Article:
Description : Follows the political, economic, and social development of Ireland from the pagan past to the contemporary religious strife and hope for reconciliation.
Description : From the dawn of history to the decline of the Celtic Tiger - how Ireland has been shaped over the centuries. Ireland has been shaped by many things over the centuries: geography, war, the fight for liberty. A Brief History of Ireland is the perfect introduction to this exceptional place, its people and its culture. Ireland has been home to successive groups of settlers - Celts, Vikings, Normans, Anglo-Scots, Huguenots. It has imported huge ideas, none bigger than Christianity which it then re-exported to Europe after the fall of the Roman Empire. In the Tudor era it became the first colony of the developing English Empire. Its fraught and sometimes brutal relationship with England has dominated its modern history. Killeen argues that religion was decisive in all this: Ireland remained substantially Catholic, setting it at odds with the larger island culturally, religiously and politically. But its own culture and identity have stayed strong, most obviously in literature with a magnificent tradition of writing from the Book of Kells to the modern masters: Joyce, Yeats, Beckett and Heaney.
Description : Recounts the history of Ireland and the Irish people, the struggle for independence, the division of the island, and the "troubles" between Catholics and Protestants
Description : This third edition of John O'Beirne Ranelagh's classic history of Ireland incorporates contemporary political and economic events as well as the latest archaeological and DNA discoveries. Comprehensively revised and updated throughout, it considers Irish history from the earliest times through the Celts, Cromwell, plantations, famine, Independence, the Omagh bomb, peace initiatives, and financial collapse. It profiles the key players in Irish history from Diarmuid MacMurrough to Gerry Adams and casts new light on the events, North and South, that have shaped Ireland today. Ireland's place in the modern world and its relationship with Britain, the USA and Europe is also examined with a fresh and original eye. Worldwide interest in Ireland continues to increase, but whereas it once focused on violence in Northern Ireland, the tumultuous financial events in the South have opened fresh debates and drawn fresh interest. This is a new history for a new era.
Description : Seamus Deane, one of Ireland's most important critics, assesses here the place of literature in "a colonial or neo-colonial culture like ours, where the naming of the territory has always been ... a politically charged act". The force of Deane's A Short History of Irish Literature derives precisely from his naming of the territory. With insight, erudition, and a razor-keen style, he locates Irish writers within the island's traumatic history. His aim is to show how literature has been inescapably allied with historical interpretation and with political allegiance.
Description : The history of Irish traditional music, song and dance from the mythological harp of the Dagda right up to Riverdance and beyond. Exploring an abundant spectrum of historical sources, music and folklore, this guide uncovers the contribution of the Normans to Irish dancing, the role of the music maker in Penal Ireland, as well as the popularity of dance tunes and set dancing from the end of the 18th century. It also follows the music of the Irish diaspora from as far apart as Newfoundland and the music halls of vaudeville to the musical tapestry of Irish America today.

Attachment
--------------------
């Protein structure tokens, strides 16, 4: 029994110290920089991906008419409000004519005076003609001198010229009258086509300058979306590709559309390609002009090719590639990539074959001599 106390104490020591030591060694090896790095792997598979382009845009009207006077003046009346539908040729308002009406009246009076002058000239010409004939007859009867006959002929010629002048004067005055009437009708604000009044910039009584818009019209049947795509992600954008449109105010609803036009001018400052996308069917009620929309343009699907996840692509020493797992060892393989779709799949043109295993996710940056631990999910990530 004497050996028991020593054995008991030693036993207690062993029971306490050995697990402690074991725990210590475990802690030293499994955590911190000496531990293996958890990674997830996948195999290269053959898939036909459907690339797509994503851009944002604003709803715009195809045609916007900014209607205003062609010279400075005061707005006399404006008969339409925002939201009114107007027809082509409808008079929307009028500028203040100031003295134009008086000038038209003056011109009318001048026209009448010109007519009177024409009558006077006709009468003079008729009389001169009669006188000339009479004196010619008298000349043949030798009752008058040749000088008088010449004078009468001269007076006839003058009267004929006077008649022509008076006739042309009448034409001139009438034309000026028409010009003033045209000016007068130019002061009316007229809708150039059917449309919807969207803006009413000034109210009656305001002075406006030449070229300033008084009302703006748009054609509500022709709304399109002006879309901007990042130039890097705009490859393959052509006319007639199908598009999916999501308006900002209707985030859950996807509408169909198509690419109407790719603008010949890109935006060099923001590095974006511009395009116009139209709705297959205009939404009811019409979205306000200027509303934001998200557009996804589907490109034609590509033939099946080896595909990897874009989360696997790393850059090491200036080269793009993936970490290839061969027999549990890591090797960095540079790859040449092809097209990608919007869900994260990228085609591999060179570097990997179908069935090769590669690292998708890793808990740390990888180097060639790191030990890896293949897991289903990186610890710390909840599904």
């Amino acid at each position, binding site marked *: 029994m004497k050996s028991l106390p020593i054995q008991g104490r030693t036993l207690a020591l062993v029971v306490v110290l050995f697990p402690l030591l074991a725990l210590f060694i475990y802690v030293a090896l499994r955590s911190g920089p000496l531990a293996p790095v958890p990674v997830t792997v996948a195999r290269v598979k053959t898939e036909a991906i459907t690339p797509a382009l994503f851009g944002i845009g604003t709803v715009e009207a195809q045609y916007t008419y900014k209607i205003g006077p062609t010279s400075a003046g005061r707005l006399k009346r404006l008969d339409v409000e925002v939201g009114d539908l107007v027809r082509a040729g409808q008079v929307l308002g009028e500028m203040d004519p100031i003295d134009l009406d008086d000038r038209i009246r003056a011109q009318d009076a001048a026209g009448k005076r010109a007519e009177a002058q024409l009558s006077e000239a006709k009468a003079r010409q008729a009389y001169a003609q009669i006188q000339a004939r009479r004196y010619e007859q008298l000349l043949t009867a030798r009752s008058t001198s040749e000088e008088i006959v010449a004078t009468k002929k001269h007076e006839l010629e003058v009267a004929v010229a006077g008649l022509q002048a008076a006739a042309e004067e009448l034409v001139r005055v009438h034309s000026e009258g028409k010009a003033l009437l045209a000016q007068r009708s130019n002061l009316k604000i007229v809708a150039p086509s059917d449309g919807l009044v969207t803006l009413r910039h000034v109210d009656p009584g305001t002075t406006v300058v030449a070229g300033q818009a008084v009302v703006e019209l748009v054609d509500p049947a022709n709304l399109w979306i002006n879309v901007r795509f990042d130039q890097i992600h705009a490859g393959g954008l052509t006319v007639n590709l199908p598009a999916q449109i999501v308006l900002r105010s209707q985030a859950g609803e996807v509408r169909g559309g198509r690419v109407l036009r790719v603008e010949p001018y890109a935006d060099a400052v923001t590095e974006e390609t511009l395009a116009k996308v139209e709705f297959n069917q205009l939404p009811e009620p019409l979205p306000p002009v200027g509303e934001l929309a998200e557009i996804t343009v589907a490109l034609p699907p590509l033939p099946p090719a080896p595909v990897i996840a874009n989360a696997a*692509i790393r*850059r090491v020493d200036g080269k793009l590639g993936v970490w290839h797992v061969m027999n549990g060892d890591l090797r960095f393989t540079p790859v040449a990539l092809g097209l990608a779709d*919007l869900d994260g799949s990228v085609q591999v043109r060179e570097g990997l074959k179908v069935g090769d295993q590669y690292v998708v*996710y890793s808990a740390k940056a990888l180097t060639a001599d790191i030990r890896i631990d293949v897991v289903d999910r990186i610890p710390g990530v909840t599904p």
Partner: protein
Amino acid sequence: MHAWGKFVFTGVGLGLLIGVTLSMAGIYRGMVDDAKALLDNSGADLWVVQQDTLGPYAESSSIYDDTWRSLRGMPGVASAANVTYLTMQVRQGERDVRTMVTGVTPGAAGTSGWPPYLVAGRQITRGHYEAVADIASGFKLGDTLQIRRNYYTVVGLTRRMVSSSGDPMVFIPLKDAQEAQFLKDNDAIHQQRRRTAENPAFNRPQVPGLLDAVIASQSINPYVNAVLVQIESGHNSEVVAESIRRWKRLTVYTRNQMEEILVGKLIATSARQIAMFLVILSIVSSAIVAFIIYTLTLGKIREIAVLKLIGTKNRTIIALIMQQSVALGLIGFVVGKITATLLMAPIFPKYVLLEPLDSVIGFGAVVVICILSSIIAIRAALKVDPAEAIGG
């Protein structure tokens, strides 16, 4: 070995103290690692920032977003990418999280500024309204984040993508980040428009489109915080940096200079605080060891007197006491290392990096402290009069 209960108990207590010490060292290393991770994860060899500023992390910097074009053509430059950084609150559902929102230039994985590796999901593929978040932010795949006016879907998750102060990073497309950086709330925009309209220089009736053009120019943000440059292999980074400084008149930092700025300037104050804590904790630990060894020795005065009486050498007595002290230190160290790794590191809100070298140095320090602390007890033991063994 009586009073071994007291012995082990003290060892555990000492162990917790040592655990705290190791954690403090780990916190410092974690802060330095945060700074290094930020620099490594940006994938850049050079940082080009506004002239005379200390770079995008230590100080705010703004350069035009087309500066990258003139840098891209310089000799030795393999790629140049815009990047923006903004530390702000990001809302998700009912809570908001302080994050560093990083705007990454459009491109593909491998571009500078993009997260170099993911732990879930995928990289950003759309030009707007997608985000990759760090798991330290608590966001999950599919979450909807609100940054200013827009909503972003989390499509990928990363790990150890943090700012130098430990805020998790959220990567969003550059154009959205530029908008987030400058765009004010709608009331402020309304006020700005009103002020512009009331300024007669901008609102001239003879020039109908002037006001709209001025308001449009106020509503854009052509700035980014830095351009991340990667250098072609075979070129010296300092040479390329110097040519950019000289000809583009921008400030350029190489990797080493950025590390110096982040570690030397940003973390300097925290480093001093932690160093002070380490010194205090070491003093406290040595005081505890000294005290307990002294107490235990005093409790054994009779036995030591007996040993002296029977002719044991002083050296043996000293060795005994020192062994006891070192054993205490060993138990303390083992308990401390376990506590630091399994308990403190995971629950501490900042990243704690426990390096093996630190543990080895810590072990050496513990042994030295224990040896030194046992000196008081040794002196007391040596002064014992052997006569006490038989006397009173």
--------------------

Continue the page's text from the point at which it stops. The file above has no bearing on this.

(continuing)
Description : The history of modern Ireland has been one of both struggle and hope. The struggle, first to establish a nation independent of Britain and then to define what it represents, is one that continues to animate politics and society at home as well as abroad among the Irish Diaspora (especially in the USA). Though it is a struggle that still bears the traces of sectarianism, this is leavened by the ongoing hopes-both north and south of the border-of a lasting settlement in Ulster. Charting those large, iconic moments of the Irish narrative, award-winning historian J J Lee sets such momentous events as the founding of the Fenians (1858), C S Parnell's campaign for Home Rule (from 1877), the Easter Rising (1916), occupation of the Dublin Custom House (1921), the death of Michael Collins (1922) and the rise of �amon de Valera against the surging tides of stronger currents: whether the Great Famine, the War of Independence or the bitter Civil War between pro-and anti-treaty factions of the IRA. By revealing the underlying forces beneath Ireland's turbulent history, Lee here offers a masterful portrait of the Irish story.
Description : Examines the history, performance, and practice of Irish Rock Music from the 1960s to the present. Using theoretical perspectives drawn from Irish cultural criticism and Rock Music Studies the author shows how Irish rock music has engaged with issues of national identity at every level, from music to performance to distribution. Contemporary Irish popular music represents a set of enormously successful cultural and economic practices. Much in the same way that Irish literature was felt to have produced an inordinate number of geniuses throughout the last century, so the island seems capable of producing an endless supply of successful pop and rock acts. At the top of the pyramid are U2 who have sold in excess of 100 million albums. This book attempts to consider the "Irishness" of "Irish popular music". Such an analysis encompasses many complex issues concerning national identity, globalization, and cultural nationalism.
Description : An expert on British and Irish history offers readers a sweeping account of Ireland's story, from the Ice Age to the present, covering famines, colonialism, pagan rituals, Catholic influence, rebellions, and civil wars. Reprint.